Let us widen the field, beyond the scope of the individual, to pit the Celtic-Germanic barbarian race of the Cimmerians against the more ‘civilized’ races far abroad (civilized in the Persian, rather than the Greek, sense). Indeed, let us look to factual rather than fictional races and compare those whose manners preclude their strife-free mingling. We see the same glinting of steel, whether on the personal or on the national level. Men and their families quarrel and kill; nations slaughter and annihilate. This is the way of things, living among others. We confront one another as men, the most monstrous of creatures on the earth, in the most sacred capacity of war. Let us say, then, that ‘Homo homini hominus’. — But this still looks far too much like an evasion! What is the man himself, we ask again?

The question has remained thus far — but now finds an answer: Homo homini ferus—divini’! Man is to man a divine beast.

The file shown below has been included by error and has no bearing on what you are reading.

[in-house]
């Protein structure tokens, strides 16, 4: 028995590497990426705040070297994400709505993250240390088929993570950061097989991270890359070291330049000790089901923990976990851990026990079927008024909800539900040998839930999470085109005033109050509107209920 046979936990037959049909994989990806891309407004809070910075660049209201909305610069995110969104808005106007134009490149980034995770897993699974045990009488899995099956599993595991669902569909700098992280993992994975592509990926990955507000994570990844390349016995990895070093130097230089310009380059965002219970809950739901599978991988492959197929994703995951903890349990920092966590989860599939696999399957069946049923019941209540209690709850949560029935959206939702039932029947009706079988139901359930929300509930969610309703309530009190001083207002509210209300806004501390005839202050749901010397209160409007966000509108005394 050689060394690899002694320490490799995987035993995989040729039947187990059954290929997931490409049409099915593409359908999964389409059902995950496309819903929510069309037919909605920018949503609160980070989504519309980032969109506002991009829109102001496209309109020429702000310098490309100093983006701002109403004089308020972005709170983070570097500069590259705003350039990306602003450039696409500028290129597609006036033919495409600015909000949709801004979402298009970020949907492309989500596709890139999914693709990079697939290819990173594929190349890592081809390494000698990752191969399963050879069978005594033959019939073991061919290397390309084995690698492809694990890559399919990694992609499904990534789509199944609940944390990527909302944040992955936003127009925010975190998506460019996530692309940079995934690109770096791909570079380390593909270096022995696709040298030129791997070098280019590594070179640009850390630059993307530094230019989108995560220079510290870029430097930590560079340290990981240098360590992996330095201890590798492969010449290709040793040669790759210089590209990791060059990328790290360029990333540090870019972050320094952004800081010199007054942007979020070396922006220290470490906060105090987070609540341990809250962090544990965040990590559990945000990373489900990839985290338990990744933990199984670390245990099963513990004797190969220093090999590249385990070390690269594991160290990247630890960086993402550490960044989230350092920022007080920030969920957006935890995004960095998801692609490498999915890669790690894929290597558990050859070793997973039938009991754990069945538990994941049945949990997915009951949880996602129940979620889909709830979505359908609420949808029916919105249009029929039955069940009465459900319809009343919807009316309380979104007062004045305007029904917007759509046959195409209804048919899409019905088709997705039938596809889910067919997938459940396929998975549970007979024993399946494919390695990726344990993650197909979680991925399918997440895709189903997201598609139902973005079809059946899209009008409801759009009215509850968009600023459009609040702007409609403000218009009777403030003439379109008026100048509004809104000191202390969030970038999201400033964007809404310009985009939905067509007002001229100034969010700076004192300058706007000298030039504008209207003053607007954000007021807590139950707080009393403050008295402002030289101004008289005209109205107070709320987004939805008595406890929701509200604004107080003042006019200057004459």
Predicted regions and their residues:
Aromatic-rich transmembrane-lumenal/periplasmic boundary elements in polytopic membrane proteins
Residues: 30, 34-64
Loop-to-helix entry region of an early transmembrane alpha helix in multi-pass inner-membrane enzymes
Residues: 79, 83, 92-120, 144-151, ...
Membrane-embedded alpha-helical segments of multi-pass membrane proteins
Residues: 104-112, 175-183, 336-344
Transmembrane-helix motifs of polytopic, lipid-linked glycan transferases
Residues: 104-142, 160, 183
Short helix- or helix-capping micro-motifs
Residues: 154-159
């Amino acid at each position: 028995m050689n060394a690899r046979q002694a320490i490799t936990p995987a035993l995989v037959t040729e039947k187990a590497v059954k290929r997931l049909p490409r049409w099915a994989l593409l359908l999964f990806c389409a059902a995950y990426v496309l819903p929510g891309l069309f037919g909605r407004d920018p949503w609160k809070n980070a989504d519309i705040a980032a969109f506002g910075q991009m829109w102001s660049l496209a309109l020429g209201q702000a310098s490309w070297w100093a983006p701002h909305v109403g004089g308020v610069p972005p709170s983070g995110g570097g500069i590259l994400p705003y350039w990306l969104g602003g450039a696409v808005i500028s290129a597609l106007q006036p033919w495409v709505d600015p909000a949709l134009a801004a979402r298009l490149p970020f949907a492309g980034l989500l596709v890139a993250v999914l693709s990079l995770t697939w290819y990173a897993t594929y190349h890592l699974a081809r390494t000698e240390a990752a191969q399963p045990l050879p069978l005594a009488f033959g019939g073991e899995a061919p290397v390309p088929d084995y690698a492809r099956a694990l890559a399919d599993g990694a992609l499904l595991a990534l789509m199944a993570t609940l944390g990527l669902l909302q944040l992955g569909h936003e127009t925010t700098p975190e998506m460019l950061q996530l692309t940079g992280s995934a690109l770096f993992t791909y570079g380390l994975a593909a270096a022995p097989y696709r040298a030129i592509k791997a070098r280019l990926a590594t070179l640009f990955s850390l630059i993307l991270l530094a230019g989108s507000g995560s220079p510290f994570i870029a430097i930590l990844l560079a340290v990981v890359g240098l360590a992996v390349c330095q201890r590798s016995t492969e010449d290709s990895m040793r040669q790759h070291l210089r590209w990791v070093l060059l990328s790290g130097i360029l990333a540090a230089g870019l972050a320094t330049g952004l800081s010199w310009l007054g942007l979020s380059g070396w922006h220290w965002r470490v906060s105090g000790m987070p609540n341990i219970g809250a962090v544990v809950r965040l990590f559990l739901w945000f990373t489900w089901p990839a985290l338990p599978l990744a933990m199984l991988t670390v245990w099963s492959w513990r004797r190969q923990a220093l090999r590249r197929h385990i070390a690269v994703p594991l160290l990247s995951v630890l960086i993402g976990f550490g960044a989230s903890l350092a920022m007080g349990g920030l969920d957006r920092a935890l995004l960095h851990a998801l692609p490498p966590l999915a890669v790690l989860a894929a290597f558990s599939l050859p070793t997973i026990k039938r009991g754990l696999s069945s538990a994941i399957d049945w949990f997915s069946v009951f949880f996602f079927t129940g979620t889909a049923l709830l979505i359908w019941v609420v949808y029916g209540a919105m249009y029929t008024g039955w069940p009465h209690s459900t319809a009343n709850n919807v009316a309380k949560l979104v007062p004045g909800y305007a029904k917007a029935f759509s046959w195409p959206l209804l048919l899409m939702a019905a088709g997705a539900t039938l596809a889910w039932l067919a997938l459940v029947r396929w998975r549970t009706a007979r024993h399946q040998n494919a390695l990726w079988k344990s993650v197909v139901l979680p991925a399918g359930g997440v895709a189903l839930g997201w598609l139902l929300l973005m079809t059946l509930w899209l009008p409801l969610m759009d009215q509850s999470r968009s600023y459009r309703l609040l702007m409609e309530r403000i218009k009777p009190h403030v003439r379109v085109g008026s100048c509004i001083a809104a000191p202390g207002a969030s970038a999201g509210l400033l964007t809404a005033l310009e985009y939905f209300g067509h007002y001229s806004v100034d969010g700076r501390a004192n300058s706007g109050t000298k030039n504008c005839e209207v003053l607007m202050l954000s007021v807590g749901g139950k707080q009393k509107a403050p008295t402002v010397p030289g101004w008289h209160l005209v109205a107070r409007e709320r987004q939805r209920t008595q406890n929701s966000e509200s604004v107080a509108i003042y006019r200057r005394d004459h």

Indeed, man really is a divine beast! Let it be spoken aloud! Let it be announced to the world!

Why would we want to be otherwise?

What? Would we rather be—homo sapiens? The animal rationale? Isn’t this just the rambling beast, animal loquens, which speaks of itself as rational? The talking animal! Well, then, it might as well be the animal stultum, the jester of the universe, gibbering away senselessly at the feet of the sovereign of the Heavens.

No — we say No! — we are the descendants of the ritual killer.

This man is ferus, divinum, necans — the wild, divine, killing one. He rises out of the earth, stepping into view, like a divine avatar cast in bronze, like a titan reborn. His gods, like him, must have an almightily iron hand. Emanating from this glowing being, we finally have a political theology, but it is indeed a wicked theology, to borrow Yeats’ expression. It is as wicked as the thunderbolts cast from the heavens — and depends upon similar demonstrations of arbitrary, dreadful, superhuman power.

This is the shimmering image we see in the looking glass, a reflection of what we could be: the proud and brooding beast, the great dominator.



Ah, but we look away, for escapism is the order of the age! We want to pretend we are otherwise, than this beast. Even when we meet his gaze, we blink. For the same reason, men in the West today will not lock eyes with the divinities.